Sunday 23 March 2014

Germinal matrix hemorrhage MRI Brain

A 8 month baby with seizures. 
Birth history is significant, discharge summary mentions pre term cesarean section delivery for meconium staining. 
MRI Brain shows a faint low signal intensity focal hemosiderin staining on GRE in right parietal peri ventricular white matter is a resolved Germinal Matrix Bleed consistent with history of pre maturity and a possible Birth Asphyxia. Rest of the MRI Brain is within normal limits.

Germinal matrix hemorrhage

The germinal matrix is a layer of cells near the Csf containing ventricles of the brain, formed early during embryogenesis and is the site of glial and neuronal differentiation. Activity in the germinal matrix peaks between 8 and 28 weeks during embryonic development. From here cells migrate peripherally to form the brain. It is densely cellular and vascular. The blood vessels of the germinal matrix are weak walled and predisposed to hemorrhage. By 35-36 weeks gestation the germinal matrix essentially disappears and thus the risk of hemorrhage is markedly reduced.

The brain of a premature infant lacks the ability to autoregulate cerebral blood pressure; thus, fluctuations in cerebral blood pressure and flow can rupture the primitive germinal matrix vessels or lead to infarction of the metabolically active germinal matrix. It may occur before birth, or within several hours following birth. A hemorrhage can extend into the periventricular white matter, resulting in significant neurologic sequelae like cerebral palsy, mental retardation, and seizures. Blood may rupture the ventricles, increasing the damage to the brain.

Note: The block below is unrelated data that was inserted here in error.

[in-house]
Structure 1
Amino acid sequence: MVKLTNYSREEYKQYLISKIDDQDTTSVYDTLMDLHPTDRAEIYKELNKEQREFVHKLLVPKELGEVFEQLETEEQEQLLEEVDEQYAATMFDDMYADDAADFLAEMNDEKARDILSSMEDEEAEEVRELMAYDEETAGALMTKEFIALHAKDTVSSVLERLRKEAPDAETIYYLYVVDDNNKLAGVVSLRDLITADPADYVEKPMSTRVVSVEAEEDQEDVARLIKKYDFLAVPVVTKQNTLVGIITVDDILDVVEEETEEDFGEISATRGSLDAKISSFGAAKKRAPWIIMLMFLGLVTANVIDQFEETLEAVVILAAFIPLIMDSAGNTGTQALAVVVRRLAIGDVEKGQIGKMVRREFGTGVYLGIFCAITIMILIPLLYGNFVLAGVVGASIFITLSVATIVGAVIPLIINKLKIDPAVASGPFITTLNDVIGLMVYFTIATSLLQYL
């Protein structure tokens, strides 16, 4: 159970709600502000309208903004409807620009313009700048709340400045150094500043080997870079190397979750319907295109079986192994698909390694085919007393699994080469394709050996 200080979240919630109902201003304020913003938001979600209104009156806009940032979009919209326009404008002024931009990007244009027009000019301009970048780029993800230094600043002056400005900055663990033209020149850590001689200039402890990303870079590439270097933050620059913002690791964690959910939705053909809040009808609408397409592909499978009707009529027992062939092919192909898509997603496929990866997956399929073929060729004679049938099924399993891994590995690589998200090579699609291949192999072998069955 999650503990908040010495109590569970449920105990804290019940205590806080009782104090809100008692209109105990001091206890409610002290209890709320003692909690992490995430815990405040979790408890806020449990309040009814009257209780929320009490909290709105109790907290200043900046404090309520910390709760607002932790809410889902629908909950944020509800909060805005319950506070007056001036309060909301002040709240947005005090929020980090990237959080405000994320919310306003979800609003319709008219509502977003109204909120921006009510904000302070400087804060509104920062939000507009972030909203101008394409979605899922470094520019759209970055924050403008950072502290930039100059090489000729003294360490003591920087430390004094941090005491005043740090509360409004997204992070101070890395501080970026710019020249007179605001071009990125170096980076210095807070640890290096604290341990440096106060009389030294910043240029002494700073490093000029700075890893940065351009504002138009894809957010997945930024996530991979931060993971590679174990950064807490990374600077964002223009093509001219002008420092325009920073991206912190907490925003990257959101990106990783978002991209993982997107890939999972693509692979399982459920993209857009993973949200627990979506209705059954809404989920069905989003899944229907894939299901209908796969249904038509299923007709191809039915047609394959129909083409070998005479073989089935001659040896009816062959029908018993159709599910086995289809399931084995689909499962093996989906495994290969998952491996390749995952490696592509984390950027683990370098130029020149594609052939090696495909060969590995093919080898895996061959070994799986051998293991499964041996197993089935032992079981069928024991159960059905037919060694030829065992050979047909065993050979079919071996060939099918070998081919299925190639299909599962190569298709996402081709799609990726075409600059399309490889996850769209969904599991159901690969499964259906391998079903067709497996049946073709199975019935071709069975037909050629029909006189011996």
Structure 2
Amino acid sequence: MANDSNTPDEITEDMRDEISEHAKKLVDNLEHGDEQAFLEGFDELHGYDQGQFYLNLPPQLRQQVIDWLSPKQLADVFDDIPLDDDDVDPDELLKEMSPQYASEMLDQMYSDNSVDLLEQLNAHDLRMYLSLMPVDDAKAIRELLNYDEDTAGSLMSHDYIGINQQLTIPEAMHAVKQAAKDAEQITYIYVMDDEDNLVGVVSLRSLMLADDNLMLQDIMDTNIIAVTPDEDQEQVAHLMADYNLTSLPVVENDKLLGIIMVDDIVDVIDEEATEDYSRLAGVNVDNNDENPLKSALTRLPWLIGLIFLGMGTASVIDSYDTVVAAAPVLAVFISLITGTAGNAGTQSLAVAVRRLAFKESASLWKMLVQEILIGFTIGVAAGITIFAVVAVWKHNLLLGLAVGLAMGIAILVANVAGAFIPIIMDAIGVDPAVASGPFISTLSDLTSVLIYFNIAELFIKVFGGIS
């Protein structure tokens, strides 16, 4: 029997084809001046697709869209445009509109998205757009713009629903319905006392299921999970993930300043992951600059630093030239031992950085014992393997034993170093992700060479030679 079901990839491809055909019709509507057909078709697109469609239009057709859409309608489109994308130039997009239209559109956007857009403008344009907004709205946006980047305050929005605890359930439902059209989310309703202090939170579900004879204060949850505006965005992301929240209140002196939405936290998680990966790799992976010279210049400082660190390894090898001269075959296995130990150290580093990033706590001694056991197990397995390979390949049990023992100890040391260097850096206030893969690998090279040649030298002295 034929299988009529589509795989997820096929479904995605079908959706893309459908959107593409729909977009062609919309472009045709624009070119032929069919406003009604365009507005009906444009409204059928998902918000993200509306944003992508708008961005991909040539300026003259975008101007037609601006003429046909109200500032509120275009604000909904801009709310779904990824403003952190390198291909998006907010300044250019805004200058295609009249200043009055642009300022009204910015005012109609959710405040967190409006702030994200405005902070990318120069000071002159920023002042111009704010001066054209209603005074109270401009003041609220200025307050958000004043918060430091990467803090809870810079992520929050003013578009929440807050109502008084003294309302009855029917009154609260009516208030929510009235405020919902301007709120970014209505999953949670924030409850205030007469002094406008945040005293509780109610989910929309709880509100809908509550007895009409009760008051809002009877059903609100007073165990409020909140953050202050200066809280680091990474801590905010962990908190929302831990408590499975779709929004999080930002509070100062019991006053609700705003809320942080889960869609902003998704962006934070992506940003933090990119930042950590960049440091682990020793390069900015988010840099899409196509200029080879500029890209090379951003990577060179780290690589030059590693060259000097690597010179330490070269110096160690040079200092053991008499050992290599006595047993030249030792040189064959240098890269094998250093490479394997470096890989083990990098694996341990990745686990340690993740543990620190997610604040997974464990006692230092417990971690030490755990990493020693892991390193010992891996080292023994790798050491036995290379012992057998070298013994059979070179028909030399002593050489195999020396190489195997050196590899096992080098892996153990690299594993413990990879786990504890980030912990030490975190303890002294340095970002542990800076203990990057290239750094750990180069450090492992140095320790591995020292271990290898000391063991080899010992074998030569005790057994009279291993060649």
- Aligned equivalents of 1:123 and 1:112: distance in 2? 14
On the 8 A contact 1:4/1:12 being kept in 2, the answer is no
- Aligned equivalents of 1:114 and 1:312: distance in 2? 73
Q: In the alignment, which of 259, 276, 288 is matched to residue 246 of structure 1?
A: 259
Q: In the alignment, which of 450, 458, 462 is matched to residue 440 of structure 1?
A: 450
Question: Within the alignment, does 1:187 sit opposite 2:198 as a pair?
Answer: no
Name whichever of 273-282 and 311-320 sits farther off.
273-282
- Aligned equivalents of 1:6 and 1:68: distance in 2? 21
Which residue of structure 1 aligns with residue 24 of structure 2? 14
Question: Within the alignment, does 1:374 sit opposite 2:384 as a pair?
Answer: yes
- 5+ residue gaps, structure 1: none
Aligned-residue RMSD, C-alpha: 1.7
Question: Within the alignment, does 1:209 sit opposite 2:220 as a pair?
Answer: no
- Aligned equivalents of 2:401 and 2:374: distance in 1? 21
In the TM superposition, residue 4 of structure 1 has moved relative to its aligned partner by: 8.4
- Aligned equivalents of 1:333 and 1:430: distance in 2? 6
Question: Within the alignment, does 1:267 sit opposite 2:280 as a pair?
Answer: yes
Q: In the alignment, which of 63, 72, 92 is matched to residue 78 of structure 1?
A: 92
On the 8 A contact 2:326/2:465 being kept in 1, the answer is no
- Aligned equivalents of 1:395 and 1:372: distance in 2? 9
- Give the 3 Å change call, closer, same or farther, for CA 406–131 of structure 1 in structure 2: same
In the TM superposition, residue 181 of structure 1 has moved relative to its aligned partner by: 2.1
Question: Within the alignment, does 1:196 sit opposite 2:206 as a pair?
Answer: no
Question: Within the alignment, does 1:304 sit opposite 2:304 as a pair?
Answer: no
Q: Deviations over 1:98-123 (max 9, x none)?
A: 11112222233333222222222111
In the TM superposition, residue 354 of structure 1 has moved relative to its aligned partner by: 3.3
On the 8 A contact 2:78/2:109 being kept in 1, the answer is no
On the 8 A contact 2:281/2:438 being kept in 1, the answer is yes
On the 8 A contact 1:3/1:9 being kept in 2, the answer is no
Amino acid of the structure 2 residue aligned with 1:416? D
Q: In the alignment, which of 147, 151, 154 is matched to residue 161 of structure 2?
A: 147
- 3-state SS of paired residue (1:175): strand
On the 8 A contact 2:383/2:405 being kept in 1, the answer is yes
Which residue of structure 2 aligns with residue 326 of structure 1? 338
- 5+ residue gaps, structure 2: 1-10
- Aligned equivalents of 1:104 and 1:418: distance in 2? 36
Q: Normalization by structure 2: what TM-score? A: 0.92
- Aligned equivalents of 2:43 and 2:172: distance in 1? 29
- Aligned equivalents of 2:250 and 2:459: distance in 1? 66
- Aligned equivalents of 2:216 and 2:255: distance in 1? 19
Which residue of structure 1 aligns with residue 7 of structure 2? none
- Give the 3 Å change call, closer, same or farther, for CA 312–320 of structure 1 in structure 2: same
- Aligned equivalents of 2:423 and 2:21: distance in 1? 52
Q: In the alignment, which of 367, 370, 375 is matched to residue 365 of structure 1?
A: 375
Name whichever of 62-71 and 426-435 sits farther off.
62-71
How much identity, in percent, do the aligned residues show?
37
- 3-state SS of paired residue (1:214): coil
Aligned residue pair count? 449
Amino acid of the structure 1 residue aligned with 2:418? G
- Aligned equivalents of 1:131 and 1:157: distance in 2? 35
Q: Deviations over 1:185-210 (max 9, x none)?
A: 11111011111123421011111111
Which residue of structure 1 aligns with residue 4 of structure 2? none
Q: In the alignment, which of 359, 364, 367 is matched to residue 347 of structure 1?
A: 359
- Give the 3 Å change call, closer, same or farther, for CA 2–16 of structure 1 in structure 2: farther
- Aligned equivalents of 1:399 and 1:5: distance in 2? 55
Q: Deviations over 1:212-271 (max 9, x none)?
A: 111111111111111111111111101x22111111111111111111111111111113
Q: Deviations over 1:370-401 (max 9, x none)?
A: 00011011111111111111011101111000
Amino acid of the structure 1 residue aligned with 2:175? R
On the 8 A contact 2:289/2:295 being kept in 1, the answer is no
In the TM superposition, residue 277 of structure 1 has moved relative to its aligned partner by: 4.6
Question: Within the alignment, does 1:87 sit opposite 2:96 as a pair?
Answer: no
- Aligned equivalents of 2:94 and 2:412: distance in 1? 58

On CT and MRI of brain of infant, the appearance of the hemorrhage will vary according to the age of the bleed and time of scanning. With time bleed resolves, follow up CT and MRI may show post haemorrhagic hydrocephalus secondary to blockage of villi, periventricular leukomalacia, cavitations as subependymal cyst or Porencephalic cyst with or without hemosiderin staining. MRI GRE sequence is sensitive for hemosiderin, a blood degradation product.

Prevention of premature delivery is ideal. Antenatal dexamethasone administered to the mother, or indomethacin administered to the infant also decrease the incidence, although the exact mechanism by which this occurs is uncertain . If hydrocephalus is present, CSF drainage may be necessary.Prognosis depends on the extent of haemorrhage and presence of hydrocephalus.


Anonymous said...

hello sir your cases are just too awesome ty for effort . ;)

ram namavi che subhecha

Tarun said...

Hello Balaji,

I am Tarun, a radiologist of Indian origin in Australia.

Just would like to tell you about the excellent blog you have. Really informative and lots of cases. You must be doing a lot of MRIs. Pity that you don't have access to 3T, surely with all the work you are doing and excellent diagnostic ability, you can use one.



Unknown said...

Could u tell me if an Indian radiologist cud work in australia